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The Participatory Programming of the Budget in Peru: First Lessons of an Agreement Process

Nelson Shack Yalta

After several failed attempts to achieve administrative, economic and political decentralization, Peru has begun a new process. This time, embedded with State modernization, purposes and participatory methods for public administration reform.

This feature clearly differs the new process from the old ones, which in most cases used to be imposed from top to down. In fact, the new process encompasses civil society, regional and local governments, private sector as well as international cooperation agencies. Participation is the main characteristic of this renewed attempt of Peruvian decentralization.

One of the tools that enhances participation is the Participatory Budgeting (PB), which no only means a change in budgetary methods and procedures, but also a silent reform that is removing old budgeting styles in Peru and promoting changes in organizational behaviour of public agencies. PB implies setting common goals for districts, provinces and regions, and getting compromises among actors to reach these goals. PB sets priorities to public investment, setting aside differences among actors, taking into account scarcity of resources and people preferences based on their needs. PB is enhancing democracy in Peru, because it is giving voice to people, who traditionally had been excluded from public resources allocation.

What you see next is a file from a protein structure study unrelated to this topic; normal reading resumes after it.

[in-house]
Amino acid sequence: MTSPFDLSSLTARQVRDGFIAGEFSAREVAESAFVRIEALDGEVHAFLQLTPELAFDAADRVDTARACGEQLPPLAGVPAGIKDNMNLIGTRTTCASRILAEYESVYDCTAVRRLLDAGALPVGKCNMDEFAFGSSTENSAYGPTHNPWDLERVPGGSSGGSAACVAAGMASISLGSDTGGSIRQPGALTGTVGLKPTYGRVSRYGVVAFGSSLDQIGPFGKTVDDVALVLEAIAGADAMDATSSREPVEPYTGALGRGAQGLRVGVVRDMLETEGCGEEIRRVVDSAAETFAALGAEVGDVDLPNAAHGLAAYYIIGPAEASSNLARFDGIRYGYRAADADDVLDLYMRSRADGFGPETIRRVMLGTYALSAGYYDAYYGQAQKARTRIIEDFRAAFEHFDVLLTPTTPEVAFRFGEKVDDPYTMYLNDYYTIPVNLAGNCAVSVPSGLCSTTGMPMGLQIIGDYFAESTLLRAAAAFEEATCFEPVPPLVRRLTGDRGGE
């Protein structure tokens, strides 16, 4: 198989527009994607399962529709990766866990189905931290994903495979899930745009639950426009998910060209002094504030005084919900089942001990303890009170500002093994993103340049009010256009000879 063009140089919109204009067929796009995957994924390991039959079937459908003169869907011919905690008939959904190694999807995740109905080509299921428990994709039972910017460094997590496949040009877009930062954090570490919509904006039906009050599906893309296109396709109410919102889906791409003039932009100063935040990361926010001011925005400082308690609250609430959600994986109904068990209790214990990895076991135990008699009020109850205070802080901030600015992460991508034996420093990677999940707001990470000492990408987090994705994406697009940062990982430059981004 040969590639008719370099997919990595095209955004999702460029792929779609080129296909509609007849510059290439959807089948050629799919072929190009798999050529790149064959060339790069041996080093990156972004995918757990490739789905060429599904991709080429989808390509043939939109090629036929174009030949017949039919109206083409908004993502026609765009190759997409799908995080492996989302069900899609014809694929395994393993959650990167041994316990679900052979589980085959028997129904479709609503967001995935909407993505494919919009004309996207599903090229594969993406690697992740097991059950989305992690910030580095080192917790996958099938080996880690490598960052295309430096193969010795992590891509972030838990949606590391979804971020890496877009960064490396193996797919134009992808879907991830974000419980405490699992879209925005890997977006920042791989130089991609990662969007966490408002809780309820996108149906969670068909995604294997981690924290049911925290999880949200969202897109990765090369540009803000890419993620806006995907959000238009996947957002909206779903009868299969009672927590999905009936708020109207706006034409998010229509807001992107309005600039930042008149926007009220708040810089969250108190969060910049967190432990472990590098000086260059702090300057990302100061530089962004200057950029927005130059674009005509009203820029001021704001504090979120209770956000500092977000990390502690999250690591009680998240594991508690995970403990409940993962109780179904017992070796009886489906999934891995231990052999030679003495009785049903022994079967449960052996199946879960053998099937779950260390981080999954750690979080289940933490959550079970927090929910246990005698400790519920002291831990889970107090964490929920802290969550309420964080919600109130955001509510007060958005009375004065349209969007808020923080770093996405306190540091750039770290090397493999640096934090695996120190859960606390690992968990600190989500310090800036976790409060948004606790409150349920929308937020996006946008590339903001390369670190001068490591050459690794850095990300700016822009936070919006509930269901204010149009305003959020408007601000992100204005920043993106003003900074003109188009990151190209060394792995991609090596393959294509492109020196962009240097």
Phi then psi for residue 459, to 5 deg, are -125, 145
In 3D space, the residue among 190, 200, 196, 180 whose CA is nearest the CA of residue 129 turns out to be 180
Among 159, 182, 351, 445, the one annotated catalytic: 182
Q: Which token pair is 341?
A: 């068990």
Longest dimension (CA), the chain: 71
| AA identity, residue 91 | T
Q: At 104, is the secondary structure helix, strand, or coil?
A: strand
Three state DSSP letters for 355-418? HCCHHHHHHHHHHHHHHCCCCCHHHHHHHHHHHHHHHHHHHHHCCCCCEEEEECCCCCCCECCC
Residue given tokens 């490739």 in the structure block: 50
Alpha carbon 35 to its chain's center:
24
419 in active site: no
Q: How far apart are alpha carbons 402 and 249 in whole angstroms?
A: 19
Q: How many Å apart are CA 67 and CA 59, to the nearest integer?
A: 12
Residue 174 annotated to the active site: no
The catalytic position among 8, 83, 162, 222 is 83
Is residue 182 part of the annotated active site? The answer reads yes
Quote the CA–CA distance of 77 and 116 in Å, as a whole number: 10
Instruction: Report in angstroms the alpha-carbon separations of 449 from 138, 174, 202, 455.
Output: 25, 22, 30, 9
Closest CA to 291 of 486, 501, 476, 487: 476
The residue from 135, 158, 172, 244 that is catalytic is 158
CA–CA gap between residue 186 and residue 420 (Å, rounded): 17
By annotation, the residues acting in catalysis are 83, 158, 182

PB is increasing public budgeting legitimacy. It is also inducing changes to the legal framework of the State, increasing civil society participation. In the light of these changes, during the last three years the Peruvian Constitution has been reformed; likewise the Law of Basis of Decentralization, Law of Regional Governments and Law of Local Governments, as well as the Law of Participatory Budgeting have been approved.

PB and changes in legislation are transforming the relationship between State and civil society. They are introducing new formal institutions that bring a new way to understand and to exercise citizenship in Peru, under the umbrella of mechanisms of direct democracy that applies priorities, technical viability, social return on public investment, and decisions based on agreement criteria.

The sustainability of these policies requires not only institutional arrangements but also an improvement of human capital at the sub national level. People expectations on increasing expenditure need to be controlled. For that reason, it is important to make people to understand budgetary restrictions and to tailor planning and participatory budgeting to resource restrictions. No fiscal illusion should be allowed and scale of investment must be high enough to reach the goals.

Finally, the commitment of the authorities with the process is very important. They have to believe that participatory policies take not only to a better use of public resources but also to increase political chances of winning elections as a consequence of getting results on citizen participation.

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